For most, the idea of running a single marathon in a day remains an aspiration. Even the thought of it can seem exhausting. Participants of the World Marathon Challenge go quite a few steps further.
They run the standard 42.2km (26.2mile) marathon on a different continent, every day, for a week. Between marathons they barely have time to catch their breath as they grab their belongings, hop on a charter plane and set off for the next continent.
This year’s event kicked off on January 23 at Union Glacier in Antarctica where the 31 runners endured some of the most extreme weather on Earth, with howling winds in frost-bit, minus 30 degree-centigrade conditions.
Next up was Punta Arenas in Chile, followed by Miami (USA), Madrid (Spain), Marrakech (Morocco), Dubai (UAE) before the marathoners crossed the final finish line in Sydney (Australia) on January 30th.
This year’s winner was American marathoner and current average-time-record-holder for running all six World Marathon Majors, Michael Wardian. He managed the superhuman feat of averaging just 2 hours 45 minutes per marathon, shattering the previous record average of 3 hours 32 minutes.
As if that wasn’t enough, Wardian proceeded to run an extra 17 miles (27.35km) just to round the distance up to 200 miles (321.8km) in one week.
As Wardian told online publication running.competitor.com the most testing aspects of the challenge weren’t just the running: “Getting your passport stamped, making sure you have the right visa, making sure you fill out the customs forms. Figuring out where the bathroom is. Being confined to a small space,” He listed. “Also, running a marathon then jumping on a plane, so your feet swell up.”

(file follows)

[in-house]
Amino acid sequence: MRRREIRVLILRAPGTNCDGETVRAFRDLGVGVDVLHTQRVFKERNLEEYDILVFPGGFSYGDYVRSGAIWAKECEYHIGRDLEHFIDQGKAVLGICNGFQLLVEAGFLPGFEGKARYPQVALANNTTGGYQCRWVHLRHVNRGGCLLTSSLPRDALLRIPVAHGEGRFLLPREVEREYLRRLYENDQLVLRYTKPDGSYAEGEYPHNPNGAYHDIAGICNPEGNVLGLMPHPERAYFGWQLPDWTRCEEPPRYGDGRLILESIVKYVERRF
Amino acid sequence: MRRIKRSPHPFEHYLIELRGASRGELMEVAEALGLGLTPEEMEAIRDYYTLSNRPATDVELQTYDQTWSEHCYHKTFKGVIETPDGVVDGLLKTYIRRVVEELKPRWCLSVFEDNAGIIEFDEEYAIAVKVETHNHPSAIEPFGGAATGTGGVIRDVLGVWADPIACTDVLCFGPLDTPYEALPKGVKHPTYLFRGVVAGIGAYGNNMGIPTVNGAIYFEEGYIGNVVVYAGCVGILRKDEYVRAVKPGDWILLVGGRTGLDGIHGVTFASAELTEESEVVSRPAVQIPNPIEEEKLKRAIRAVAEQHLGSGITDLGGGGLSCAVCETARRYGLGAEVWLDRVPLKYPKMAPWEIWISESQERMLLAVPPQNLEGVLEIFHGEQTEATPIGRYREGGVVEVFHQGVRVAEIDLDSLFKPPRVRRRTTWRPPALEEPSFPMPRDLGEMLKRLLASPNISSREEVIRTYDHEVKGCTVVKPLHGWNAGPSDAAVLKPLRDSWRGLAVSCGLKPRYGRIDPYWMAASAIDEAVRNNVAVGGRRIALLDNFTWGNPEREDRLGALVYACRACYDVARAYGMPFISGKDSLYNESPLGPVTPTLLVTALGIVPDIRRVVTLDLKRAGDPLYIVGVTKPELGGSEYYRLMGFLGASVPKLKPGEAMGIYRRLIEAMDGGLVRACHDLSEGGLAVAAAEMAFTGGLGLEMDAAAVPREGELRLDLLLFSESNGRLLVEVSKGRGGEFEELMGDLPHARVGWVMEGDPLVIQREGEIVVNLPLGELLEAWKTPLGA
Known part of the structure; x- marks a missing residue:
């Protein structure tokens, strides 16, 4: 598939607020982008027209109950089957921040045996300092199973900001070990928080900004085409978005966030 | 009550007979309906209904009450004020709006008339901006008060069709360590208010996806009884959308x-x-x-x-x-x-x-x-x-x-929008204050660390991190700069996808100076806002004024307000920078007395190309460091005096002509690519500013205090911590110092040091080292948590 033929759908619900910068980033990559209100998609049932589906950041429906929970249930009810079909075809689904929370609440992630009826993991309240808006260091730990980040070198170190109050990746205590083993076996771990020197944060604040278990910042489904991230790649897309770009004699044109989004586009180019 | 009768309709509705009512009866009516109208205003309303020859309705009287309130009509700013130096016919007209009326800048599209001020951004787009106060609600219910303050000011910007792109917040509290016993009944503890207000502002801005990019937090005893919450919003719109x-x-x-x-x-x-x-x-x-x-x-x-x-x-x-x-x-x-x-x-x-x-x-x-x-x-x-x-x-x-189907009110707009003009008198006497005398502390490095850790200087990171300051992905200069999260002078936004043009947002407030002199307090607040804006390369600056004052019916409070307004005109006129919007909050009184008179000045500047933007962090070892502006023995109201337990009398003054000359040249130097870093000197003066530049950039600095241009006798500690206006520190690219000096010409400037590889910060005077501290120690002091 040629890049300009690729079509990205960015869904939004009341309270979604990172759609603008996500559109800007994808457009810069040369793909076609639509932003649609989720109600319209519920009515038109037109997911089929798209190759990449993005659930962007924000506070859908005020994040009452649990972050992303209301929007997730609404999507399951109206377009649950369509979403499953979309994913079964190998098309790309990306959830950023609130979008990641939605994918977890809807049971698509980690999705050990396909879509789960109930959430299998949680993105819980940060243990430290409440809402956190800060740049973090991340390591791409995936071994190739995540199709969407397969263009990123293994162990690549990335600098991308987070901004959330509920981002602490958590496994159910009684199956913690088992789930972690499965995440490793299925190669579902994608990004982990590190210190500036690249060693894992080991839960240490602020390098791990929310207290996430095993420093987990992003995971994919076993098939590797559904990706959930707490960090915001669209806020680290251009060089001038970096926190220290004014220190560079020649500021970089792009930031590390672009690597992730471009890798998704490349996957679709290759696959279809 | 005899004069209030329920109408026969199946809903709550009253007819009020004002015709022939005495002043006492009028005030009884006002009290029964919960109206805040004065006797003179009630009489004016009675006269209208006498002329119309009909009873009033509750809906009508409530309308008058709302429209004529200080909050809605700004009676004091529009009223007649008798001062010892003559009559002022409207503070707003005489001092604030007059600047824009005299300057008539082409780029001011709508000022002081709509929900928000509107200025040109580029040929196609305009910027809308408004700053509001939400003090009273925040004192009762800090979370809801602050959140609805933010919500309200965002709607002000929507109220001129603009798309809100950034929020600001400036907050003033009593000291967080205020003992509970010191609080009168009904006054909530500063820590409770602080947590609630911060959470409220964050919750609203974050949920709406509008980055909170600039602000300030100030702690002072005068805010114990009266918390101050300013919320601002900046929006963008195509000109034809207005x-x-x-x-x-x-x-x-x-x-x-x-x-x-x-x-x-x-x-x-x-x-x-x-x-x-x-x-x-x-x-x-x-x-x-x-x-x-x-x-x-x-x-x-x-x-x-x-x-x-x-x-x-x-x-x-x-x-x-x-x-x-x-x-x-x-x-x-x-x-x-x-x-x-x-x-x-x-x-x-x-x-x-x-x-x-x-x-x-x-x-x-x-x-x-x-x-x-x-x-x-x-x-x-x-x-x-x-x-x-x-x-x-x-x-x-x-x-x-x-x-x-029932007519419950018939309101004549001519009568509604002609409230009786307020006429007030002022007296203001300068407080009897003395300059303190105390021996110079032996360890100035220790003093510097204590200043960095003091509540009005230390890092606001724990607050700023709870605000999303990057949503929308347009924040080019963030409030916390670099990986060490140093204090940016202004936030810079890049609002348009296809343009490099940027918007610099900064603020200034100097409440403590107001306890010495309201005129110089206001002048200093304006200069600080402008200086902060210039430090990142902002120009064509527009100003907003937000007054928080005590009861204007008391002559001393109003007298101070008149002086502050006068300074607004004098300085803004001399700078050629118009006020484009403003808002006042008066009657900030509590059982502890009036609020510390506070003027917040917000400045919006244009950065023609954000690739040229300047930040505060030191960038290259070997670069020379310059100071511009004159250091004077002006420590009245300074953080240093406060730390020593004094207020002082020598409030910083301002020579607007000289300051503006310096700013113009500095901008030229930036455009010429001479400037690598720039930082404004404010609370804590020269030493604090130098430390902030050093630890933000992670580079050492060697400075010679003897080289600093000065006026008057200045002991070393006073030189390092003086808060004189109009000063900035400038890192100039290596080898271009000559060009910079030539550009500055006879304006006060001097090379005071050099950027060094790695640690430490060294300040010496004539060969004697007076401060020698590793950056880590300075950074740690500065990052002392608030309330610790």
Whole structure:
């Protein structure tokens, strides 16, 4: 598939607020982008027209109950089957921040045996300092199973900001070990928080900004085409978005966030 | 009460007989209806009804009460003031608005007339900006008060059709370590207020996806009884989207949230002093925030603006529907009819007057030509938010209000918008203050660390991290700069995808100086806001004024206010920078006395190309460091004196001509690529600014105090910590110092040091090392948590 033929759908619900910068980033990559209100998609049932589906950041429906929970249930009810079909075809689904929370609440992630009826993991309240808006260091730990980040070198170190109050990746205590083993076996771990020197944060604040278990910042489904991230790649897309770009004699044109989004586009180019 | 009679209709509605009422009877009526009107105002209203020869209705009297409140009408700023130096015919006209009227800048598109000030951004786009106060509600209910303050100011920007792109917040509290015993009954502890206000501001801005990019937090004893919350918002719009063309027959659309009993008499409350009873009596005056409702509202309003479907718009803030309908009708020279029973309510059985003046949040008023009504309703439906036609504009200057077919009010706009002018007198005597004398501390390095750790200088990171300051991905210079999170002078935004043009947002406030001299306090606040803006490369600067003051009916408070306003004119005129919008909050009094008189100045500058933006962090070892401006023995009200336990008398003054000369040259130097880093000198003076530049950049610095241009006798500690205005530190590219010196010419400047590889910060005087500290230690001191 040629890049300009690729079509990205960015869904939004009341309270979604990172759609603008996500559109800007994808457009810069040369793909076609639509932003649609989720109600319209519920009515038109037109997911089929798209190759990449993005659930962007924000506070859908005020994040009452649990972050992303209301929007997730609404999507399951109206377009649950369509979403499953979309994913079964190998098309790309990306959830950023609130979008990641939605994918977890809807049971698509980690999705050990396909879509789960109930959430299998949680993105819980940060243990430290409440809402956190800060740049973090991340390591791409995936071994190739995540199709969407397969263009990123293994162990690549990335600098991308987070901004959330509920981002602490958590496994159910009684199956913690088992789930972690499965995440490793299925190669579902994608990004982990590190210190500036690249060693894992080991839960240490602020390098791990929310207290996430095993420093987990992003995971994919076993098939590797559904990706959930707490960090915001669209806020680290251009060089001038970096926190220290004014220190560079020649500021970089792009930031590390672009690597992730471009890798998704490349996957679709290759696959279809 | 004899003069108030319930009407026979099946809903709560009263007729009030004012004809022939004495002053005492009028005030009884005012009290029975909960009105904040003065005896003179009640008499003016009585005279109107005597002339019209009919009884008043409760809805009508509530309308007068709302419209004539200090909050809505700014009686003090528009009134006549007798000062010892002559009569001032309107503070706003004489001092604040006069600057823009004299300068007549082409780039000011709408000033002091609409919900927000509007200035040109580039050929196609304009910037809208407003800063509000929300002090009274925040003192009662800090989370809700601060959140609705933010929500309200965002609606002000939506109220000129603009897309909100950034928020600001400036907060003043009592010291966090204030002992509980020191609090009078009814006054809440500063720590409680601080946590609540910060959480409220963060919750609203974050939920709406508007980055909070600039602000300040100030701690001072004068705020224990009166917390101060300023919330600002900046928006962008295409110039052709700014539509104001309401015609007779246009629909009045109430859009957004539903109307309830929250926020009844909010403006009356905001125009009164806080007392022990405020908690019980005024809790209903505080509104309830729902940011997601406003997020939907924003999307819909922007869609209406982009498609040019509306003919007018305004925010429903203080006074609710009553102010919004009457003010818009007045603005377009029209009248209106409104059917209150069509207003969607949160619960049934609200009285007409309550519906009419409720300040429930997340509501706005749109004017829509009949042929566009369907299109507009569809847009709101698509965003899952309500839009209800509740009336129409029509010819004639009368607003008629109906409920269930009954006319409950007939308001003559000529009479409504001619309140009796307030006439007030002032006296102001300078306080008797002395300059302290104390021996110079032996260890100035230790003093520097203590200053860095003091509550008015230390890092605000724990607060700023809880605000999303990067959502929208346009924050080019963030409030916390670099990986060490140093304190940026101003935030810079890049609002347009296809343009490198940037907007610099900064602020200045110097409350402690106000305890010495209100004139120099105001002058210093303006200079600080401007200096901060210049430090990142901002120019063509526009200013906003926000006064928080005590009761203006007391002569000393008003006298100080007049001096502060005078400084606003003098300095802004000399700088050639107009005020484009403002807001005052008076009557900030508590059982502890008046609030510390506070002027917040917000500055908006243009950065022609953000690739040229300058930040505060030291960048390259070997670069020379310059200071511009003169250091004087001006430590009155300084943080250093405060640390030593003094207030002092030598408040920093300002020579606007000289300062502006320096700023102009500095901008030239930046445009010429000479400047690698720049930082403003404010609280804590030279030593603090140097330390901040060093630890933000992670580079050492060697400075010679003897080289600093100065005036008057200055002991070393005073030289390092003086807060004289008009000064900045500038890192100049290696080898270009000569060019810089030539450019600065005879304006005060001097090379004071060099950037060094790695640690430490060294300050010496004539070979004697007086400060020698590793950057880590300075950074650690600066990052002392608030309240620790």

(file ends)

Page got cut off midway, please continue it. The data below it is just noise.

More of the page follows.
“You just get off the plane, and you start running. You have like two hours to clear customs, change into your running kit — sometimes change in the airport — then you go run, then get back on the plane. I thought I’d have time to work and get food and stuff. None of that. It really was all-encompassing. It took every ounce of energy just to be ready to go the next day.”
On top of all that, the marathoners went “from Antanctica at -30 to Dubai at 95 and no shade, with a headwind, to last night [in Sydney] with the humidity.”
Of the nine female competitors, Chilean Silvana Camelio was victorious with an average of four hours and 12 minutes per marathon. The only American woman to compete, BethAnn Telford has brain cancer and reportedly raised over $1 million for the foundation ABC2 (Accelerate Brain Cancer Cure).
For Telford, the hardest part was: “saying goodbye and thanking all the participants, race staff, etc. as they all have been extremely supportive of me and the rest of the group. It was an amazing bonding experience for us all.”
History of the event
The World Marathon Challenge was officially launched in 2015 by Irishman, pilot and ‘ultra-runner’ veteran Richard Donovan.
Donovan set a world record for the same challenge in 2009 before smashing his own record in 2012 when he completed seven marathons on seven continents in just 120 hours.
The sporting aim of The World Marathon Challenge is to see “how far you can run, how far you can push yourself and how far you are prepared to travel”. The other objective is to raise money for charitable causes. It is unknown exactly how much his year’s challenge raised but when asked for an estimate Donovan said “There’s been millions raised for charity”.